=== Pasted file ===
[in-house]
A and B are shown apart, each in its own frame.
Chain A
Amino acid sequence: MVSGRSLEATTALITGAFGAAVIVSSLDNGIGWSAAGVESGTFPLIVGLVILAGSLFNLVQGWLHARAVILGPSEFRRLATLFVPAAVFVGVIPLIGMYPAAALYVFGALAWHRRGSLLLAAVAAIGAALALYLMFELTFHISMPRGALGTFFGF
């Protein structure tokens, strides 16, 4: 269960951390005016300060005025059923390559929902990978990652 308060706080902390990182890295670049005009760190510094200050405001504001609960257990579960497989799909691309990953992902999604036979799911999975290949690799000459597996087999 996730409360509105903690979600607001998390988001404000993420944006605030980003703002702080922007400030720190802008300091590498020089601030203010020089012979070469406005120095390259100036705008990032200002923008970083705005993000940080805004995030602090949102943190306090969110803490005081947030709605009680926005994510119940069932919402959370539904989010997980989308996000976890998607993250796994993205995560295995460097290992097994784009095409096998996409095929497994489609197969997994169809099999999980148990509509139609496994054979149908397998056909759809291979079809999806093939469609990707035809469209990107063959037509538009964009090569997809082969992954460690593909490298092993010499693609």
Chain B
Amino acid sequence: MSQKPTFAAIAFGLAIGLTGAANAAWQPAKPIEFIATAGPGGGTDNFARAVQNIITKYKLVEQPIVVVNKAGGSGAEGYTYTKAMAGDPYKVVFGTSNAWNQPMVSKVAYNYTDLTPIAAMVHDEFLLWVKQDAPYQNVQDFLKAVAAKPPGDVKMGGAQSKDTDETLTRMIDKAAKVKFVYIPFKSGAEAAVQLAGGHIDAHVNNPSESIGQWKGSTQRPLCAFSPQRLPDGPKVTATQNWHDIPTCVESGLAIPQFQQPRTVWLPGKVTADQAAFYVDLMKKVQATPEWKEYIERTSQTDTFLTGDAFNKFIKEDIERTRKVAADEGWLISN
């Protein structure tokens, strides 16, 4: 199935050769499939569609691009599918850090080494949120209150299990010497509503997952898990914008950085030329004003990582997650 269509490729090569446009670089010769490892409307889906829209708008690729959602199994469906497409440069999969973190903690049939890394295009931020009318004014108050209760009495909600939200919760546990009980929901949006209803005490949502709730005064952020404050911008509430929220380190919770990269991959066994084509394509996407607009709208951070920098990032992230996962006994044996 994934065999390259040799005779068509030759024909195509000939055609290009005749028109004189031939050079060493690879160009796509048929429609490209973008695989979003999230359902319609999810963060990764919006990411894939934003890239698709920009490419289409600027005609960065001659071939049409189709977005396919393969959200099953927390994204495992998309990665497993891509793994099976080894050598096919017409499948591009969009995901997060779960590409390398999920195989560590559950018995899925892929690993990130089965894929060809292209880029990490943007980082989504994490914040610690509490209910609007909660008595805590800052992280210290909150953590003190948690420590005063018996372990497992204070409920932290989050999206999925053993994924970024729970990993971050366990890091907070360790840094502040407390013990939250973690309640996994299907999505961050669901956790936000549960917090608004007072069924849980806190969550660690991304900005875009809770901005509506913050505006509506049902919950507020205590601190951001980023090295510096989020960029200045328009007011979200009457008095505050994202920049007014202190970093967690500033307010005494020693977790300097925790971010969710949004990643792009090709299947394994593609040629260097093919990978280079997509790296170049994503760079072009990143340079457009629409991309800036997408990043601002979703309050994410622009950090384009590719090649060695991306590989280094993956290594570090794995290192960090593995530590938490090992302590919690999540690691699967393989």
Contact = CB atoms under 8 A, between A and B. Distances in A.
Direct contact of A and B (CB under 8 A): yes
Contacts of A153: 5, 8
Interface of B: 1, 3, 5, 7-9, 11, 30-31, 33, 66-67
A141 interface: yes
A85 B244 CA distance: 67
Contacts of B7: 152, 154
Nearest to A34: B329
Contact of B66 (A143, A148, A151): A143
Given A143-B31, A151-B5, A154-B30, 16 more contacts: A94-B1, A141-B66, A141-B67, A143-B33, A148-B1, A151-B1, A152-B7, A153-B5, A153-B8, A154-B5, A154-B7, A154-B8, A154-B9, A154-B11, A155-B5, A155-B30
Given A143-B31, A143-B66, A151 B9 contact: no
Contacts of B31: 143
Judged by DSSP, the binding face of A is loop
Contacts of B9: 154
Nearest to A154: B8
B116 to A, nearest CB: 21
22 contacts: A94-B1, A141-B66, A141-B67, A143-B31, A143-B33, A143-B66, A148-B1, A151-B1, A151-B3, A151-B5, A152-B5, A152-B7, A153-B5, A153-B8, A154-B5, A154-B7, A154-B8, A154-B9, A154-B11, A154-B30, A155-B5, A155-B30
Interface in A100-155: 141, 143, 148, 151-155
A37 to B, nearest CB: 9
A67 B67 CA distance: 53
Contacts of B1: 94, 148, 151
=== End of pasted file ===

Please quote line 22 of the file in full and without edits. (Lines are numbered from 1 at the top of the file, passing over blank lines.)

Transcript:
Contacts of B9: 154